Calming the storm and crossing the sea

by Lowell Chilton in , ,

A homily for the people of Christ Lutheran Church, Federal Way, WA.
The texts for the sermon are Mark 4:35-41 and 2 Corinthians 6:1-13.

Note - I'm not super happy with the recording quality this time. My recorder picked up a lot of noise for some reason. I'm offering it here anyway.

When I was in college, I was on the rowing team.

The first week of my freshman year at the University of Tennessee at Chattanooga, the rowing coach, the team captain, and my political science professor, who happened to be a rower, all spotted me. After ascertaining that I did not play basketball, they recruited me to join the team. From the first time I stepped into a boat I was hooked.

So naturally the first thing I did when I decided to move to Seattle was to find a rowing club to join. Now in college I had always rowed sweep, where each person has one oar that is held in both hands and you are always in a boat with at least one other person. When I got to Seattle, I decided to learn to scull, where each person has an oar in each hand and you can row alone in the boat.

Not long after I started learning to scull, I was out on Lake Union. I was in a one person boat; with a coach in a motor boat and a few other boats. It was a nice evening in early December. The water was calm, the lights from the house boats and cars were twinkling on the water. I was getting the hang of the new technique and starting to feel the boat run under me.

Eventually it was time to head back to the boathouse. By this time, the other boats, which were all two or four person boats and much swifter than I was, had become separated from me. My coach went off to gather them and I set off for the dock.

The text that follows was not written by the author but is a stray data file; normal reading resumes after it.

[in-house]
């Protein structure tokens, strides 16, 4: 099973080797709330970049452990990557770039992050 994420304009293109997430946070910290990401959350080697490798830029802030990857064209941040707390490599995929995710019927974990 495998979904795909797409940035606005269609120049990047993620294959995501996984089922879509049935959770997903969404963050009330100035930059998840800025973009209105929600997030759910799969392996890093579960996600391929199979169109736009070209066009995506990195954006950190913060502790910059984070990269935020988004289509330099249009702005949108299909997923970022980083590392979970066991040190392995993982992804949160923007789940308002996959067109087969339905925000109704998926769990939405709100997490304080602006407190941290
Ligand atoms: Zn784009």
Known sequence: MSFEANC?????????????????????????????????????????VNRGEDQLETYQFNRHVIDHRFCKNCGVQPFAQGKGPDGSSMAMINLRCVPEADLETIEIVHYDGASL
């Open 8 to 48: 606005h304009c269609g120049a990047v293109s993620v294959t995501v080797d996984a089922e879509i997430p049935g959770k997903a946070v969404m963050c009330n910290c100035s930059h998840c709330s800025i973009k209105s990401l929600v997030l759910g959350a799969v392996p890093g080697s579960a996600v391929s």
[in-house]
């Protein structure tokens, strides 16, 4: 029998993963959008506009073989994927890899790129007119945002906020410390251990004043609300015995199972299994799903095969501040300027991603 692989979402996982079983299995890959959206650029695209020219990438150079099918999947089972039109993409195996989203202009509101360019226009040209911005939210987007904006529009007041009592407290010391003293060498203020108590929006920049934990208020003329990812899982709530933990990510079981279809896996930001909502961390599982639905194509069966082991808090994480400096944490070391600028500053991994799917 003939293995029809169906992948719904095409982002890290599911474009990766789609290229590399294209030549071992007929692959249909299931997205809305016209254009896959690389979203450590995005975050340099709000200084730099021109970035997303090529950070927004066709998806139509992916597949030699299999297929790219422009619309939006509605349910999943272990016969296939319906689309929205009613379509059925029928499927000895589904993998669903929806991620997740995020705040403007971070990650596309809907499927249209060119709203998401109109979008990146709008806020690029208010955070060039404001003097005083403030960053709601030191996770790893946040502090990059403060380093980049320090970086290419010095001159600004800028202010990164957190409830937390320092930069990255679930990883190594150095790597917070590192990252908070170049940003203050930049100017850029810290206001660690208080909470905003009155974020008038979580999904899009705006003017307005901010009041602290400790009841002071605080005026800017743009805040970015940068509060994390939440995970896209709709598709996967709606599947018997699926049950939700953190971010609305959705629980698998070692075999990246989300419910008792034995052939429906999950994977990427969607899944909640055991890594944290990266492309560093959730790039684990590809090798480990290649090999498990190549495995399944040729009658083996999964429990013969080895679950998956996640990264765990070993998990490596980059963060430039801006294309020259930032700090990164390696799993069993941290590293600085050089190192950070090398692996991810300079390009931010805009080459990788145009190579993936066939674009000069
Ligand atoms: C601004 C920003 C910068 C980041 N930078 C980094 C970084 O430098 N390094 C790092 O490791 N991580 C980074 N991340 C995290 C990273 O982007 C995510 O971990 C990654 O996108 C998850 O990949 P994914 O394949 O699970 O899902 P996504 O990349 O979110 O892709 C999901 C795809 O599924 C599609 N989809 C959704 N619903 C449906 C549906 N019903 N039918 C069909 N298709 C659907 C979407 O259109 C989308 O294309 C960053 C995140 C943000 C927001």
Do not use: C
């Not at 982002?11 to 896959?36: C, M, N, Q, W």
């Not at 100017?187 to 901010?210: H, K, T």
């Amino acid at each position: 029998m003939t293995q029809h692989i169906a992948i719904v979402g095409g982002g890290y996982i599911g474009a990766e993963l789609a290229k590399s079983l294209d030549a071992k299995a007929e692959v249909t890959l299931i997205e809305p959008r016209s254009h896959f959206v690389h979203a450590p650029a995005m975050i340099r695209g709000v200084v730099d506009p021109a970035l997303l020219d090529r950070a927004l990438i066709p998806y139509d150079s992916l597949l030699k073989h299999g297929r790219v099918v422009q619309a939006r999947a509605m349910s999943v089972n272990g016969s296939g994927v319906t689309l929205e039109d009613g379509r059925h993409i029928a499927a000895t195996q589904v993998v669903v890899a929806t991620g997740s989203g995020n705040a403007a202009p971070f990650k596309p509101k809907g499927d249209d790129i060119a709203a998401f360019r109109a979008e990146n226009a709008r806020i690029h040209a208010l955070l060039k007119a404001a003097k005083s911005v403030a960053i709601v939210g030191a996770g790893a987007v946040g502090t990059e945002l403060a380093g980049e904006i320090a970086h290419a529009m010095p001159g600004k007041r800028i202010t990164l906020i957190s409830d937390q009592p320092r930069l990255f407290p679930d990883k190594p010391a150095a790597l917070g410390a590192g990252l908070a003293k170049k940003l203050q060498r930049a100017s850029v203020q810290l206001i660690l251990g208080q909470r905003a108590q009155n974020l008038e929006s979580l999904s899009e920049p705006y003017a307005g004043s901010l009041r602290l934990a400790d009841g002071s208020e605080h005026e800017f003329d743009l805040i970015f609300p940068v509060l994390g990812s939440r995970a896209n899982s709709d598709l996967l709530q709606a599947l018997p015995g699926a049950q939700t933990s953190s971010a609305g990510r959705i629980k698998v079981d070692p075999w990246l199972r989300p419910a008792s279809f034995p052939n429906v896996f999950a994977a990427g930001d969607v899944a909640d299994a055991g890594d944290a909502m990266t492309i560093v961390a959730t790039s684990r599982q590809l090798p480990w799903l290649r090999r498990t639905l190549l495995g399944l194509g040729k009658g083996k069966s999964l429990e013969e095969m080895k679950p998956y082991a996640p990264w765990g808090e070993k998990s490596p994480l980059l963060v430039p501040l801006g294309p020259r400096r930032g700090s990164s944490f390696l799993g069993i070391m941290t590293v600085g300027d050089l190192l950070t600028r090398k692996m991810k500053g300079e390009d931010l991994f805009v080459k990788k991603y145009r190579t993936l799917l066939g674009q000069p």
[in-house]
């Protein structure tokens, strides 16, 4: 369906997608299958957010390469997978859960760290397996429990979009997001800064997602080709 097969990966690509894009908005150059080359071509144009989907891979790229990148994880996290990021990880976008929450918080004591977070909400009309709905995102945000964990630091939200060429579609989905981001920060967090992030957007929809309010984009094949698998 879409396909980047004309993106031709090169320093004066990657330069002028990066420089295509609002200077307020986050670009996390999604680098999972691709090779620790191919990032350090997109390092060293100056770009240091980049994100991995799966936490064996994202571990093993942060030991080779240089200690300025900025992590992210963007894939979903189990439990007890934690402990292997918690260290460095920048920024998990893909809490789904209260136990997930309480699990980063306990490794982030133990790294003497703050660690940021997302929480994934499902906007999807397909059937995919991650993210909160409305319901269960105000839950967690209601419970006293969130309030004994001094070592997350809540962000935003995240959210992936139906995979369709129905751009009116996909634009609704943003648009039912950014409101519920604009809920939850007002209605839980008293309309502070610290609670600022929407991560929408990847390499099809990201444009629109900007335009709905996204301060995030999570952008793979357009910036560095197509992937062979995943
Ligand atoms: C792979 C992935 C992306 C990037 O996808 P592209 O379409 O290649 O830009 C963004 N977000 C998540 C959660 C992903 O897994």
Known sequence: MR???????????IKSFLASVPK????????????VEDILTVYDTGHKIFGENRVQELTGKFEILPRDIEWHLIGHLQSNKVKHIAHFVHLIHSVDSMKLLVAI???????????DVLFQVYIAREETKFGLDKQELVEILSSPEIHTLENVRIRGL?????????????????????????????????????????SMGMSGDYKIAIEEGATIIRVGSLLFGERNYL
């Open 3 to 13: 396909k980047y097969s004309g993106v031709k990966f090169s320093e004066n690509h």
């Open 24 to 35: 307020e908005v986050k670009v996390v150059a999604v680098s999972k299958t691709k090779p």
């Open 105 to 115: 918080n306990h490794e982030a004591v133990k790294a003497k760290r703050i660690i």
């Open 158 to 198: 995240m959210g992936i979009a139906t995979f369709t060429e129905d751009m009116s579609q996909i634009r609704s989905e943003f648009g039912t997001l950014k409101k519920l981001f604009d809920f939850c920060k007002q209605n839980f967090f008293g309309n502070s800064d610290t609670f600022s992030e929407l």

As I made my way home, all of a sudden, the wind came upon me, the wake beat into my boat, and in the span of 50 meters the water in the boat was over my ankles. By the time I realized it was more than normal rough water, I was already swamped.

In my years of rowing, I’ve taken on water plenty of times, but nothing like this. By the time I knew what was happening it was already too late. I was caught in the chaos.

In our Gospel lesson today, the disciples face a similar and much more severe predicament. At the beginning of Mark chapter 4, Jesus goes out onto the water to teach the crowd from the side of a boat. After teaching all day, using the parables we’ve been hearing the last few weeks, Jesus curls up on a pillow in the stern of the boat to rest while he and the twelve cross to the other side of the Sea of Galilee.

While they are crossing the Sea of Galilee, the wind comes upon them, the wake beats into the boat, and they are already swamped. By the time they know what is happening, it is too late. They are caught in the chaos.

Wednesday night a white man walked into a black church in South Carolina, joined in a bible study for an hour, and then stood up and fired a handgun into the gathered people until eight were dead on the scene and another dead in the hospital. Before they knew what was happening it was already too late. They were caught in the chaos.

Thursday morning we woke to headlines and think pieces. To prayers and to hymns. To remembrances and to celebrations of lives. The general feeling among my friends and many on the internet was that this was “too unspeakable.” There was a feeling that before we knew what was happening it was already too late. We were caught in the chaos.